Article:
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Multipole Theory in ElectromagnetismClassical, quantum, and symmetry aspects, with applications$

Roger E. Raab and Owen L. de Lange

Print publication date: 2004

Print ISBN-13: 9780198567271

Published to Oxford Scholarship Online: September 2007

DOI: 10.1093/acprof:oso/9780198567271.001.0001

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Multipole Theory in Electromagnetism
Oxford University Press

We express the total force on a steady current distribution in a slowly varying external magnetic field (equation (1.58)) in terms of the magnetic multipole moments (equation (1.59)). The leading term in the expansion of the force (1.58) is from (A.15)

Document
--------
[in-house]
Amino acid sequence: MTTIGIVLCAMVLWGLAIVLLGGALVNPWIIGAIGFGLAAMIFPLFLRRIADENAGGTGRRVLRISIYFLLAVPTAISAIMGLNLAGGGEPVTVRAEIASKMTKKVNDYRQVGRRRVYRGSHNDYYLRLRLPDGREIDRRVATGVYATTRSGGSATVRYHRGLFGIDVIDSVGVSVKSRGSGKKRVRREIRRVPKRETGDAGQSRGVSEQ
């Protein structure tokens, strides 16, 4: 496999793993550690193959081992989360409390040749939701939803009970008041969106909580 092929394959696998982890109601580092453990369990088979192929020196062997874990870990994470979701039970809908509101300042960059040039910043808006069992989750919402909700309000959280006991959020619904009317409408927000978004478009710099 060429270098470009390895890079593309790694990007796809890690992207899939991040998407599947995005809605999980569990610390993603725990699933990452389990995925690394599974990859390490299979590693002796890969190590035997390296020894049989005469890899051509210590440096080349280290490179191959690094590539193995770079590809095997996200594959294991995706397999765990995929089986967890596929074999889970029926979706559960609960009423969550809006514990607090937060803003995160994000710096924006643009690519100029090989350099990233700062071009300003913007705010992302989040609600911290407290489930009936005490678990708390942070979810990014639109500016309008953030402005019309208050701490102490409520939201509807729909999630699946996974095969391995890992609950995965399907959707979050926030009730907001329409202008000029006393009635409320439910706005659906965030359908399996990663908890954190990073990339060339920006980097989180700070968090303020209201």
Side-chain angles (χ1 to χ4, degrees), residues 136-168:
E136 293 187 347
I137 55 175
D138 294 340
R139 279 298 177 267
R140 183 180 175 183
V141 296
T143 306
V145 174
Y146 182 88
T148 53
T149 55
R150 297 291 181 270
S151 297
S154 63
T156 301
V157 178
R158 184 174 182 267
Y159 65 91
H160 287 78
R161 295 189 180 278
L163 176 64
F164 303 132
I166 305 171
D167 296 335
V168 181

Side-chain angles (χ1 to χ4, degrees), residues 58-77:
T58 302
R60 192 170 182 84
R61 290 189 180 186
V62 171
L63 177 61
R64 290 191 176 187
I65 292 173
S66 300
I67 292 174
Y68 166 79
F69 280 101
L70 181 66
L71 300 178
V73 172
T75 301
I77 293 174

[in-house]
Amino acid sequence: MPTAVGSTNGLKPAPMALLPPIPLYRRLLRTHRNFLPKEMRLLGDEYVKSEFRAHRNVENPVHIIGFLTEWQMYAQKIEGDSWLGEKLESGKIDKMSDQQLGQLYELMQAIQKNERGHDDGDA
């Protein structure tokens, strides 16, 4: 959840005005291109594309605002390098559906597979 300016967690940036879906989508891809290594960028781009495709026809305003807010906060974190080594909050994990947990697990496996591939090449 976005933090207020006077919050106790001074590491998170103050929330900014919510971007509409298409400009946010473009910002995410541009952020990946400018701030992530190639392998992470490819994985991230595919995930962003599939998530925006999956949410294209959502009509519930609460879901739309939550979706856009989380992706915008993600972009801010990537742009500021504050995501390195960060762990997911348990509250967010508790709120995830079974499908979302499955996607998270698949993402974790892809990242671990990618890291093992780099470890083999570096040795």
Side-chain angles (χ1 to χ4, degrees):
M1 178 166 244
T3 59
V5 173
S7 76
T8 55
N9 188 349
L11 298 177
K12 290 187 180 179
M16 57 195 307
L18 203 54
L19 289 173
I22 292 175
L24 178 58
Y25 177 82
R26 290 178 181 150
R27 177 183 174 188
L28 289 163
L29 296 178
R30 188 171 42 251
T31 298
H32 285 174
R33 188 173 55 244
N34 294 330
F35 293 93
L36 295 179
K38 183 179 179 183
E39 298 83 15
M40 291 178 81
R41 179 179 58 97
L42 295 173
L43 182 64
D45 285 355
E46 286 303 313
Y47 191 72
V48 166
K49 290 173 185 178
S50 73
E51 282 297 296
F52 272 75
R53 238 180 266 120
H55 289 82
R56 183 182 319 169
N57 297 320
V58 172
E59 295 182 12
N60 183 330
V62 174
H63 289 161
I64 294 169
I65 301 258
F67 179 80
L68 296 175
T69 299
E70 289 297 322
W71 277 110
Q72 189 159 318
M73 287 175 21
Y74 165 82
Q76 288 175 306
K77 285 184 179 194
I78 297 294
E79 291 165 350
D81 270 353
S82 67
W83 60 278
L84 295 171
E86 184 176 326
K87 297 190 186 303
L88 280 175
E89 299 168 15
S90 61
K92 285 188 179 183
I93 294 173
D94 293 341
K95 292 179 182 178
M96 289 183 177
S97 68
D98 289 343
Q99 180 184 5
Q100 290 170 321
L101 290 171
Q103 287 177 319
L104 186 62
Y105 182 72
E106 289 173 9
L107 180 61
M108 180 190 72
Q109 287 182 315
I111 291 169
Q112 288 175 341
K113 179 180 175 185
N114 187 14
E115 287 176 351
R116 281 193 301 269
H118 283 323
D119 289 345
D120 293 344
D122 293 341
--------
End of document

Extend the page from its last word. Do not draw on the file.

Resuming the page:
ɛ ijk ) l B k ) v J j r l = ɛ ijk ɛ jlm ( l B K ) m m = ( i B j ) m j .
In the last step leading to (C.1) we have used (A.7) and ∇ · B = 0.

The next term in (1.58) becomes from (A.16)

1 2 ɛ ijk ( m l B k ) V J j r l r m = 1 4 ɛ ijk ( m l B k ) ( ɛ jln m nm + ɛ jmn m nl ) = 1 2 ɛ ijk ɛ jln ( m l B k ) m nm = 1 2 ( j i B k ) m kj .
Because the sources of the external field B are outside the current distribution and B is magnetostatic, x B = 0. Thus in (C.2)
i B j = j B i .
From (C.1)–(C.3) the force in (1.58) can be written
F i = m j j B i + 1 2 m jk k j B i + ,
which is (1.59).